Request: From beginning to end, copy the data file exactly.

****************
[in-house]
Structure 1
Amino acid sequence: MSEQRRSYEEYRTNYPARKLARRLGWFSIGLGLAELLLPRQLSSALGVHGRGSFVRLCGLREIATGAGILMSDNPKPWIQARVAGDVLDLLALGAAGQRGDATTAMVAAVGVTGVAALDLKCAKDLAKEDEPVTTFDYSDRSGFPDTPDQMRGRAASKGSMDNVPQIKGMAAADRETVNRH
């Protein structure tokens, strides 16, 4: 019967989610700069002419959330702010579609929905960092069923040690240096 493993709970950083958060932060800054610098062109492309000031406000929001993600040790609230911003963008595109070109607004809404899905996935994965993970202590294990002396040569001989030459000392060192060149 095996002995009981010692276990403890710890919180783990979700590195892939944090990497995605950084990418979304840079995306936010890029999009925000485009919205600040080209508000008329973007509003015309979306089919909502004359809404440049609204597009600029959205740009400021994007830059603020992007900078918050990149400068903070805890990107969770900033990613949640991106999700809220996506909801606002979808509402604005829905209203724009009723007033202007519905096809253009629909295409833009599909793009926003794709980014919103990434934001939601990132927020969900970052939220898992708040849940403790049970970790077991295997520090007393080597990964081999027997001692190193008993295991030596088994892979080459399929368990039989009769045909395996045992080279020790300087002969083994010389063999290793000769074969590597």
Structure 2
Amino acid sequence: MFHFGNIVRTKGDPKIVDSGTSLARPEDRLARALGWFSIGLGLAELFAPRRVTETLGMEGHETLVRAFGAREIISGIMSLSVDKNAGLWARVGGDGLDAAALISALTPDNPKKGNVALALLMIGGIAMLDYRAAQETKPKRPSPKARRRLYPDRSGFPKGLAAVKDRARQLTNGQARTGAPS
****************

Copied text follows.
[in-house]
Structure 1
Amino acid sequence: MSEQRRSYEEYRTNYPARKLARRLGWFSIGLGLAELLLPRQLSSALGVHGRGSFVRLCGLREIATGAGILMSDNPKPWIQARVAGDVLDLLALGAAGQRGDATTAMVAAVGVTGVAALDLKCAKDLAKEDEPVTTFDYSDRSGFPDTPDQMRGRAASKGSMDNVPQIKGMAAADRETVNRH
């Protein structure tokens, strides 16, 4: 019967989610700069002419959330702010579609929905960092069923040690240096 493993709970950083958060932060800054610098062109492309000031406000929001993600040790609230911003963008595109070109607004809404899905996935994965993970202590294990002396040569001989030459000392060192060149 095996002995009981010692276990403890710890919180783990979700590195892939944090990497995605950084990418979304840079995306936010890029999009925000485009919205600040080209508000008329973007509003015309979306089919909502004359809404440049609204597009600029959205740009400021994007830059603020992007900078918050990149400068903070805890990107969770900033990613949640991106999700809220996506909801606002979808509402604005829905209203724009009723007033202007519905096809253009629909295409833009599909793009926003794709980014919103990434934001939601990132927020969900970052939220898992708040849940403790049970970790077991295997520090007393080597990964081999027997001692190193008993295991030596088994892979080459399929368990039989009769045909395996045992080279020790300087002969083994010389063999290793000769074969590597």
Structure 2
Amino acid sequence: MFHFGNIVRTKGDPKIVDSGTSLARPEDRLARALGWFSIGLGLAELFAPRRVTETLGMEGHETLVRAFGAREIISGIMSLSVDKNAGLWARVGGDGLDAAALISALTPDNPKKGNVALALLMIGGIAMLDYRAAQETKPKRPSPKARRRLYPDRSGFPKGLAAVKDRARQLTNGQARTGAPS